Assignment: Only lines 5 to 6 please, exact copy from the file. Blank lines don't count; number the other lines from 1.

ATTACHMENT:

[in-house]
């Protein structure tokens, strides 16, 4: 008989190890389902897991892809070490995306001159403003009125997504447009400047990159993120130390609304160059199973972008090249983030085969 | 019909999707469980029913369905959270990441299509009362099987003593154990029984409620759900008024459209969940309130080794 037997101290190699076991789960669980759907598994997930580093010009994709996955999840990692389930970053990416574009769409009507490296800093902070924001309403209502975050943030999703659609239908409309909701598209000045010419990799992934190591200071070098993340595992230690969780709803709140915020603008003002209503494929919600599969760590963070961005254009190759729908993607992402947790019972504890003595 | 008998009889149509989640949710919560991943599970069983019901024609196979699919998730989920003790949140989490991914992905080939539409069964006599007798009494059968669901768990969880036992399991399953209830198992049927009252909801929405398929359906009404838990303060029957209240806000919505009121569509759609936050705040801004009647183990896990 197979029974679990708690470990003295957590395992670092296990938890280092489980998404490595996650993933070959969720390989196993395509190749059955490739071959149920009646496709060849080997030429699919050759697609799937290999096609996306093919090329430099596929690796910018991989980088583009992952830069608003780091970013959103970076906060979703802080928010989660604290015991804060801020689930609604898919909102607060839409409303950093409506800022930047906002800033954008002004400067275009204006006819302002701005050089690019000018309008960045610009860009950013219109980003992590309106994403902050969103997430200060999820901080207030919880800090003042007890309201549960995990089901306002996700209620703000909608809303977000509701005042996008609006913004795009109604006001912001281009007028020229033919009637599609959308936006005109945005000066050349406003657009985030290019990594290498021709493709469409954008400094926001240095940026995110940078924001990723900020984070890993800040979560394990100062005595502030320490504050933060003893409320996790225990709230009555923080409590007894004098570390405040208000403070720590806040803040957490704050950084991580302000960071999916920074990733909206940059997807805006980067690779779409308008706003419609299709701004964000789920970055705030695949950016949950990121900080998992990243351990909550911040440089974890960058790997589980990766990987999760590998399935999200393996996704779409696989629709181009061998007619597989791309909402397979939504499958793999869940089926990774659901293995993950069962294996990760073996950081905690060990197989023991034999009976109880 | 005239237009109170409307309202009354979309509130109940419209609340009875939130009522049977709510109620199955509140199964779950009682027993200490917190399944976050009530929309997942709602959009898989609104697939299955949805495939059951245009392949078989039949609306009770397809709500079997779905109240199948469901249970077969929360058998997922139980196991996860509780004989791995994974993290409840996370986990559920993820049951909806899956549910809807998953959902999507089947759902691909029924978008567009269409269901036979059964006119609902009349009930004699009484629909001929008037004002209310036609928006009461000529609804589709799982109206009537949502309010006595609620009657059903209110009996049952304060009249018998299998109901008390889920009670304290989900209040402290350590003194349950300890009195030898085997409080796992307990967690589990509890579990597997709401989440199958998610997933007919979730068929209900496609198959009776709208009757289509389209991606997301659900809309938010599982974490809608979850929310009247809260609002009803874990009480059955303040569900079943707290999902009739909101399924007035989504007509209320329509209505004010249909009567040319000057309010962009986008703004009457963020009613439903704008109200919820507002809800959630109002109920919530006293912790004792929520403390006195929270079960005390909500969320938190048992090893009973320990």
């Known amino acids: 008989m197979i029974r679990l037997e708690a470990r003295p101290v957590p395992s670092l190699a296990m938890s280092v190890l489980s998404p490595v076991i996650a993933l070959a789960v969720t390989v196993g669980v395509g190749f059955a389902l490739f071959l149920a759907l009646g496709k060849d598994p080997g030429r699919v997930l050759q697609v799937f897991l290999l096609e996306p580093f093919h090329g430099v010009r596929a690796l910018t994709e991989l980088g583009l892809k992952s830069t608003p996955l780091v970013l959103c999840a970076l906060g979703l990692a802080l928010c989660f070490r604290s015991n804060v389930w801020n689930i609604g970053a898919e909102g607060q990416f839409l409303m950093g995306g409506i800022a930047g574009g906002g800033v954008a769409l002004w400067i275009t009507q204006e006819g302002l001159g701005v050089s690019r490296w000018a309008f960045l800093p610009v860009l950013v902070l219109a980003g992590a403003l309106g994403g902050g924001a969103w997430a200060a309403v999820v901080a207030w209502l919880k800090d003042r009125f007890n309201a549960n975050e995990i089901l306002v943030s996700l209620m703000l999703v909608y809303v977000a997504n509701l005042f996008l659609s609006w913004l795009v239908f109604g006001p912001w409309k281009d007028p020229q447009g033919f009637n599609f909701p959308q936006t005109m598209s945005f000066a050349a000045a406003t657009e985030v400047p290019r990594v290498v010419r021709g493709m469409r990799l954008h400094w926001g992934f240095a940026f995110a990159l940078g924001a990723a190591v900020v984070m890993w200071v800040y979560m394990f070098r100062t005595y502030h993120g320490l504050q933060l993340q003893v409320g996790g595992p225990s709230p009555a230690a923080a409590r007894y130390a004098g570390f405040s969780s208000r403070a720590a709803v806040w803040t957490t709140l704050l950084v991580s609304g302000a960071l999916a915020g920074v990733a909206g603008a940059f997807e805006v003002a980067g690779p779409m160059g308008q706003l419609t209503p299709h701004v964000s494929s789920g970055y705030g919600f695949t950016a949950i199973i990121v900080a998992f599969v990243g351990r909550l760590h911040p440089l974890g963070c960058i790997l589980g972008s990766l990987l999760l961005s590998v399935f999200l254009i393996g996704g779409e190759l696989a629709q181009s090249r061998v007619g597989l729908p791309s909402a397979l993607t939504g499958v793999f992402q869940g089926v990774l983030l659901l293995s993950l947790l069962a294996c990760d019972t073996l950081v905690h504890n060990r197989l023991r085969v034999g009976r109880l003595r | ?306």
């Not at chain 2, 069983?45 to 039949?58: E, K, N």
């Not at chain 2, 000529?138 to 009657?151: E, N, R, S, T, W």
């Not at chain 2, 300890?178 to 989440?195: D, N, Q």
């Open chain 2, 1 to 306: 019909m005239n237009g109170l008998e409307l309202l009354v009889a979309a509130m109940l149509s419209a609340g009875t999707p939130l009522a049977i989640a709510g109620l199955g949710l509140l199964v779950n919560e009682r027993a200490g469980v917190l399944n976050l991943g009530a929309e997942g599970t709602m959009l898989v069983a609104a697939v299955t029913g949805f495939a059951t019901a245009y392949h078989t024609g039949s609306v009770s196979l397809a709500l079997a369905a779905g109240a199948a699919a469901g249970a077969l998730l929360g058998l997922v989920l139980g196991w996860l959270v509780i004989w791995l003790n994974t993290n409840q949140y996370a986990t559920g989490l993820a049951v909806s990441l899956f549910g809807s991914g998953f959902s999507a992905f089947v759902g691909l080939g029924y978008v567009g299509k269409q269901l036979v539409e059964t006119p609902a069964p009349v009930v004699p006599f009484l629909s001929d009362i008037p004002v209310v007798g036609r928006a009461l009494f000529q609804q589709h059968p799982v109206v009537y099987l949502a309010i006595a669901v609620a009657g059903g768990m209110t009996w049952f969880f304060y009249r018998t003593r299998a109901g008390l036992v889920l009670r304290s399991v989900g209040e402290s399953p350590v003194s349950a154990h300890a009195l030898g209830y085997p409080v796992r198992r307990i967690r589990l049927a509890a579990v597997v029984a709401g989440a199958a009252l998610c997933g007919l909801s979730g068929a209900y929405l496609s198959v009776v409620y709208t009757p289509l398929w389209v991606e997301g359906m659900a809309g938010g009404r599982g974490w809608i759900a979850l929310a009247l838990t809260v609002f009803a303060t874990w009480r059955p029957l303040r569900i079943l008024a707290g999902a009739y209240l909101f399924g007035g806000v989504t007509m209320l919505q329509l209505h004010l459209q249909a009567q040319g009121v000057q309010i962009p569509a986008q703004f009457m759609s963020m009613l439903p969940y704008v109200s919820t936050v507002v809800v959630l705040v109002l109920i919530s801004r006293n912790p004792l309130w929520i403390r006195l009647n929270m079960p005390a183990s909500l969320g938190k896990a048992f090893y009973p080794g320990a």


């Not at chain 2, 000529?138 to 009657?151: E, N, R, S, T, W």
């Not at chain 2, 300890?178 to 989440?195: D, N, Q």